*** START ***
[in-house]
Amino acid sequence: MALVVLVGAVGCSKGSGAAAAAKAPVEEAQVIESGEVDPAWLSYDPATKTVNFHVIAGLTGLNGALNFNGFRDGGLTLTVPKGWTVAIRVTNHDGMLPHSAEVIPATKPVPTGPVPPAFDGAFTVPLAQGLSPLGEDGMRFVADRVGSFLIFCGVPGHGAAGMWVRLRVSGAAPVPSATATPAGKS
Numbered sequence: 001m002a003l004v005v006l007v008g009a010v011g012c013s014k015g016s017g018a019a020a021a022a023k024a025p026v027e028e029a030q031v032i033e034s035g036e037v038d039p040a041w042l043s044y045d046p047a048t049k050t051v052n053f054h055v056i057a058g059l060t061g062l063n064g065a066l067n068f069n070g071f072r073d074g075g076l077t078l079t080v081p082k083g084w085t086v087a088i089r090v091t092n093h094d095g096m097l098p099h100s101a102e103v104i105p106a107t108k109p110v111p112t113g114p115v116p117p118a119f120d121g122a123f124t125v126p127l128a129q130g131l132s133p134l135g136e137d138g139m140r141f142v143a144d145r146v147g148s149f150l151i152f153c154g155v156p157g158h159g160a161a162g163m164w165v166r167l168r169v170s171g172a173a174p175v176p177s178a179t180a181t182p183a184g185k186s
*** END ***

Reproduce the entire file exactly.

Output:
[in-house]
Amino acid sequence: MALVVLVGAVGCSKGSGAAAAAKAPVEEAQVIESGEVDPAWLSYDPATKTVNFHVIAGLTGLNGALNFNGFRDGGLTLTVPKGWTVAIRVTNHDGMLPHSAEVIPATKPVPTGPVPPAFDGAFTVPLAQGLSPLGEDGMRFVADRVGSFLIFCGVPGHGAAGMWVRLRVSGAAPVPSATATPAGKS
Numbered sequence: 001m002a003l004v005v006l007v008g009a010v011g012c013s014k015g016s017g018a019a020a021a022a023k024a025p026v027e028e029a030q031v032i033e034s035g036e037v038d039p040a041w042l043s044y045d046p047a048t049k050t051v052n053f054h055v056i057a058g059l060t061g062l063n064g065a066l067n068f069n070g071f072r073d074g075g076l077t078l079t080v081p082k083g084w085t086v087a088i089r090v091t092n093h094d095g096m097l098p099h100s101a102e103v104i105p106a107t108k109p110v111p112t113g114p115v116p117p118a119f120d121g122a123f124t125v126p127l128a129q130g131l132s133p134l135g136e137d138g139m140r141f142v143a144d145r146v147g148s149f150l151i152f153c154g155v156p157g158h159g160a161a162g163m164w165v166r167l168r169v170s171g172a173a174p175v176p177s178a179t180a181t182p183a184g185k186s